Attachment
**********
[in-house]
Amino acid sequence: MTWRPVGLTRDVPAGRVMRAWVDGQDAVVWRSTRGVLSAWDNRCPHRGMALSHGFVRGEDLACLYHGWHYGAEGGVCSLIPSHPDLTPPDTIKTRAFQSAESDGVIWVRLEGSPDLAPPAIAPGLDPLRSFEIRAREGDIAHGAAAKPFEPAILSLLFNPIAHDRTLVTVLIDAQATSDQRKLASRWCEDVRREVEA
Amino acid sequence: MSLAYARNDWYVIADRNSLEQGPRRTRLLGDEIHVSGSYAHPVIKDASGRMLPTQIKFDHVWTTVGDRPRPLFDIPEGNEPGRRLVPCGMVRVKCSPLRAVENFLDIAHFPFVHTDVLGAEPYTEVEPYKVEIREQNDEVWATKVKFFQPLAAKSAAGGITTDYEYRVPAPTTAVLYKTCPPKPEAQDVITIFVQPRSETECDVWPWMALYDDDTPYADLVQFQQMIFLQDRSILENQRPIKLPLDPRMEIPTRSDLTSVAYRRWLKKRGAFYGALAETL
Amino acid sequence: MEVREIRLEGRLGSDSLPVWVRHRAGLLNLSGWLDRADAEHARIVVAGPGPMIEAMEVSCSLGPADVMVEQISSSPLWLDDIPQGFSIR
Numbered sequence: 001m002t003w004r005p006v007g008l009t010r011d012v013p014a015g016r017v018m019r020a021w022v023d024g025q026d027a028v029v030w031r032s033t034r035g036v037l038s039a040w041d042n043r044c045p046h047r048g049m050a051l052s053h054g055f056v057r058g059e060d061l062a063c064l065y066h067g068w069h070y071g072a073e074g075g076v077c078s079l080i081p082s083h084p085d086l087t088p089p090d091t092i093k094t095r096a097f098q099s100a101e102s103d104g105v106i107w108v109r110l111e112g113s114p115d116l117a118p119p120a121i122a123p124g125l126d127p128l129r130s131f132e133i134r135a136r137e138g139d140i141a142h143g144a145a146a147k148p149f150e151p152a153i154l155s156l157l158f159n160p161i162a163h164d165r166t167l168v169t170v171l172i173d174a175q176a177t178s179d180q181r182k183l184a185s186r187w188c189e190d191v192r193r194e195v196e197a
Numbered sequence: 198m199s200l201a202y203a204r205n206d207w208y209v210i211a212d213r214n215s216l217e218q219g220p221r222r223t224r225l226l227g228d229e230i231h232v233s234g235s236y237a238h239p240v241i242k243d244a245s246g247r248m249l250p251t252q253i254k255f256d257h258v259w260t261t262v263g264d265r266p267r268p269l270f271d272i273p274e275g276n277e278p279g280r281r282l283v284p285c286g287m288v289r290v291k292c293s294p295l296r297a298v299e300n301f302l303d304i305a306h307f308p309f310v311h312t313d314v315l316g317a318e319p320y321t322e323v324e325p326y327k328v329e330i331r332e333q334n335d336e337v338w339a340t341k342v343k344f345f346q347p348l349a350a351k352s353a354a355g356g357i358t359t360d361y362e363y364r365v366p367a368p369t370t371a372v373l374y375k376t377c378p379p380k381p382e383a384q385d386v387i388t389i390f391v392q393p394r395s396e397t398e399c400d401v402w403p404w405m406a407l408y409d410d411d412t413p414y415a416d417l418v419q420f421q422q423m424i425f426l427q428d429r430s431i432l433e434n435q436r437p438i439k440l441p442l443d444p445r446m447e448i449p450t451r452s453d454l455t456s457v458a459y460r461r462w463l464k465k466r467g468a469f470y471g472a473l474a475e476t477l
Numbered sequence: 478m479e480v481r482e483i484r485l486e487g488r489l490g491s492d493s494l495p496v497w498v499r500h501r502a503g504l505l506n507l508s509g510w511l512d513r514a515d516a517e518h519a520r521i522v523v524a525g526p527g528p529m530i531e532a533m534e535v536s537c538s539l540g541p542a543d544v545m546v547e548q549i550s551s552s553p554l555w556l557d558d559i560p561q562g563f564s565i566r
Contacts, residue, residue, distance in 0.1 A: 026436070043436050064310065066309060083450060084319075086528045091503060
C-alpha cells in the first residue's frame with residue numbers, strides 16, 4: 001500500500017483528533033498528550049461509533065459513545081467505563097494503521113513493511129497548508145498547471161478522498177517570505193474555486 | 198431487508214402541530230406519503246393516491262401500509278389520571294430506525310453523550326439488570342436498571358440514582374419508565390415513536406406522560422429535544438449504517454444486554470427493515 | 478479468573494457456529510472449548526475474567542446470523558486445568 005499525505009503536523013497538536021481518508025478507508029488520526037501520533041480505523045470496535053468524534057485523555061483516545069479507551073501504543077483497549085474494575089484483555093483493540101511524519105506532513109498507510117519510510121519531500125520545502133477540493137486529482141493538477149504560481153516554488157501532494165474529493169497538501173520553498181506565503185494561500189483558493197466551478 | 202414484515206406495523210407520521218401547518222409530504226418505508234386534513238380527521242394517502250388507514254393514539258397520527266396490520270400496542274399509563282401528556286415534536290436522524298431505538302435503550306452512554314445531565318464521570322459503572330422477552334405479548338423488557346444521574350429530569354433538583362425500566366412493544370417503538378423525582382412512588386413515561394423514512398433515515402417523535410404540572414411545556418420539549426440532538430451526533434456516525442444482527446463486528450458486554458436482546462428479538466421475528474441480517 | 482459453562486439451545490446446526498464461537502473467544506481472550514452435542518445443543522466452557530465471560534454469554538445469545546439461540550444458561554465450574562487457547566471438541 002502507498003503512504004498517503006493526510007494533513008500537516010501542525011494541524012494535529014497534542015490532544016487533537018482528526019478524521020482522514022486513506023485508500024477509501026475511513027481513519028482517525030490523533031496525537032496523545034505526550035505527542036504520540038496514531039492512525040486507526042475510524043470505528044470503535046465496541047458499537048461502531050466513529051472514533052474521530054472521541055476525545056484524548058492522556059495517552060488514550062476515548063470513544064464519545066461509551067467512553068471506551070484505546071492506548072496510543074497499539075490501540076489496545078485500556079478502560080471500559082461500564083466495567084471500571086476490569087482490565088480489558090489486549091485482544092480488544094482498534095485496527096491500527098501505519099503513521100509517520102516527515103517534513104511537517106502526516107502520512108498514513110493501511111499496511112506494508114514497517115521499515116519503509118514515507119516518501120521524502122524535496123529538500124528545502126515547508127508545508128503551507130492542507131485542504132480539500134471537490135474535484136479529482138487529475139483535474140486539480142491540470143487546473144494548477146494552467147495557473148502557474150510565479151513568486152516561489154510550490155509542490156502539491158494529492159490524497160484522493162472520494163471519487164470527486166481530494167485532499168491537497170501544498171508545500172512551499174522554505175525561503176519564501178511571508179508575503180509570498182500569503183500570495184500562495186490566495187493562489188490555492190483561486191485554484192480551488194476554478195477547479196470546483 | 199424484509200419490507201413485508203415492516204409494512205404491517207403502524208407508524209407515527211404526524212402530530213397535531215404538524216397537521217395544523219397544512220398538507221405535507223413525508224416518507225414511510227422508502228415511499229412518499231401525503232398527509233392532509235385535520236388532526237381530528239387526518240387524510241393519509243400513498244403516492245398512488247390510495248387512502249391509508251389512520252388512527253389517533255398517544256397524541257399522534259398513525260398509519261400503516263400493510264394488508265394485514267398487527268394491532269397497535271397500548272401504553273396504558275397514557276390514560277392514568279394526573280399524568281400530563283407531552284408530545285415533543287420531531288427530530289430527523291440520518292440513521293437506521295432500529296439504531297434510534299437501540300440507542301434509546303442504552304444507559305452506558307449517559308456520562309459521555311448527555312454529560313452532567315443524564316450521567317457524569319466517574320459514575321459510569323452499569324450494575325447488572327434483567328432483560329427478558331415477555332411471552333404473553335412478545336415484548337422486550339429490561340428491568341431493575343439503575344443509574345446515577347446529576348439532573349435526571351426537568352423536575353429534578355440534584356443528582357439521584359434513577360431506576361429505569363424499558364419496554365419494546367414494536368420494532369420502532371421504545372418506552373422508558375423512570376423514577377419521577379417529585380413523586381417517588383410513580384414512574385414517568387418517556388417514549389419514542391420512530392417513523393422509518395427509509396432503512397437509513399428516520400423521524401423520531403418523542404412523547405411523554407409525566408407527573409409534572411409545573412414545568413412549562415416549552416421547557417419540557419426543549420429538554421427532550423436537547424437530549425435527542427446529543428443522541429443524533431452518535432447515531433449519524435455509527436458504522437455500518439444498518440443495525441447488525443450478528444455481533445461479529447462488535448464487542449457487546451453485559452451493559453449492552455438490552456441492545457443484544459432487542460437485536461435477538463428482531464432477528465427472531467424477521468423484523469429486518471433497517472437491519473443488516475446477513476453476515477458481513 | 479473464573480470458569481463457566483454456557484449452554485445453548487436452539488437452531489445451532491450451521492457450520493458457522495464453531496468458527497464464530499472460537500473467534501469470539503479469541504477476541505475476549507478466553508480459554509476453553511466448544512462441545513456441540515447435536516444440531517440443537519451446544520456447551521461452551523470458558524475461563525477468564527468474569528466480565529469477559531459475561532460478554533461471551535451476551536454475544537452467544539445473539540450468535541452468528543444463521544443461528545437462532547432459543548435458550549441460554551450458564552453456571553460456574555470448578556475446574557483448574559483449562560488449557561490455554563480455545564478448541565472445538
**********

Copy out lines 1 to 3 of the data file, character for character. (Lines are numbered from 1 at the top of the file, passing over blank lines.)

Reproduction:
[in-house]
Amino acid sequence: MTWRPVGLTRDVPAGRVMRAWVDGQDAVVWRSTRGVLSAWDNRCPHRGMALSHGFVRGEDLACLYHGWHYGAEGGVCSLIPSHPDLTPPDTIKTRAFQSAESDGVIWVRLEGSPDLAPPAIAPGLDPLRSFEIRAREGDIAHGAAAKPFEPAILSLLFNPIAHDRTLVTVLIDAQATSDQRKLASRWCEDVRREVEA
Amino acid sequence: MSLAYARNDWYVIADRNSLEQGPRRTRLLGDEIHVSGSYAHPVIKDASGRMLPTQIKFDHVWTTVGDRPRPLFDIPEGNEPGRRLVPCGMVRVKCSPLRAVENFLDIAHFPFVHTDVLGAEPYTEVEPYKVEIREQNDEVWATKVKFFQPLAAKSAAGGITTDYEYRVPAPTTAVLYKTCPPKPEAQDVITIFVQPRSETECDVWPWMALYDDDTPYADLVQFQQMIFLQDRSILENQRPIKLPLDPRMEIPTRSDLTSVAYRRWLKKRGAFYGALAETL